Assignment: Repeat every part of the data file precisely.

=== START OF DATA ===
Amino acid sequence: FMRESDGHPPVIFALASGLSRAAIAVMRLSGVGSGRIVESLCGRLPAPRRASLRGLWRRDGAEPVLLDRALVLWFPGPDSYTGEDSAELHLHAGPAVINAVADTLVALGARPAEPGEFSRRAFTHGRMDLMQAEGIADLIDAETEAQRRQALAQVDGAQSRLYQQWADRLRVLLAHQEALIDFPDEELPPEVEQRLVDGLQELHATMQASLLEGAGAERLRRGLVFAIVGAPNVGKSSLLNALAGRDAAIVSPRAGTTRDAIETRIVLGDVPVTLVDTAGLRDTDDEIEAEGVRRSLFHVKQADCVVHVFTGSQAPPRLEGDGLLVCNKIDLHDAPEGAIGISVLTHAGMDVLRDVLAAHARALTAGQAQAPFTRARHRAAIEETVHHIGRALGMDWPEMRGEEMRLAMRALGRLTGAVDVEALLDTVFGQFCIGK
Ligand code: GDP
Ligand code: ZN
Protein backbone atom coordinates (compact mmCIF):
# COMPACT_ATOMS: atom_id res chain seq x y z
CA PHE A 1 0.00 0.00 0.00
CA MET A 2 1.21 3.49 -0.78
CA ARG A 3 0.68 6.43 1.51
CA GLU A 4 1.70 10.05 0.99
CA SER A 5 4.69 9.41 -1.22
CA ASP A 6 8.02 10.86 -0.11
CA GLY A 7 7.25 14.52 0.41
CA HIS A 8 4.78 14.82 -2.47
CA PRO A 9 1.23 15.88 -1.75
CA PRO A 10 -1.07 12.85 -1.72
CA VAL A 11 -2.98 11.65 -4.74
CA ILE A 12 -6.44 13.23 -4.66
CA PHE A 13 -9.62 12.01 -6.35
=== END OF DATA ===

Amino acid sequence: FMRESDGHPPVIFALASGLSRAAIAVMRLSGVGSGRIVESLCGRLPAPRRASLRGLWRRDGAEPVLLDRALVLWFPGPDSYTGEDSAELHLHAGPAVINAVADTLVALGARPAEPGEFSRRAFTHGRMDLMQAEGIADLIDAETEAQRRQALAQVDGAQSRLYQQWADRLRVLLAHQEALIDFPDEELPPEVEQRLVDGLQELHATMQASLLEGAGAERLRRGLVFAIVGAPNVGKSSLLNALAGRDAAIVSPRAGTTRDAIETRIVLGDVPVTLVDTAGLRDTDDEIEAEGVRRSLFHVKQADCVVHVFTGSQAPPRLEGDGLLVCNKIDLHDAPEGAIGISVLTHAGMDVLRDVLAAHARALTAGQAQAPFTRARHRAAIEETVHHIGRALGMDWPEMRGEEMRLAMRALGRLTGAVDVEALLDTVFGQFCIGK
Ligand code: GDP
Ligand code: ZN
Protein backbone atom coordinates (compact mmCIF):
# COMPACT_ATOMS: atom_id res chain seq x y z
CA PHE A 1 0.00 0.00 0.00
CA MET A 2 1.21 3.49 -0.78
CA ARG A 3 0.68 6.43 1.51
CA GLU A 4 1.70 10.05 0.99
CA SER A 5 4.69 9.41 -1.22
CA ASP A 6 8.02 10.86 -0.11
CA GLY A 7 7.25 14.52 0.41
CA HIS A 8 4.78 14.82 -2.47
CA PRO A 9 1.23 15.88 -1.75
CA PRO A 10 -1.07 12.85 -1.72
CA VAL A 11 -2.98 11.65 -4.74
CA ILE A 12 -6.44 13.23 -4.66
CA PHE A 13 -9.62 12.01 -6.35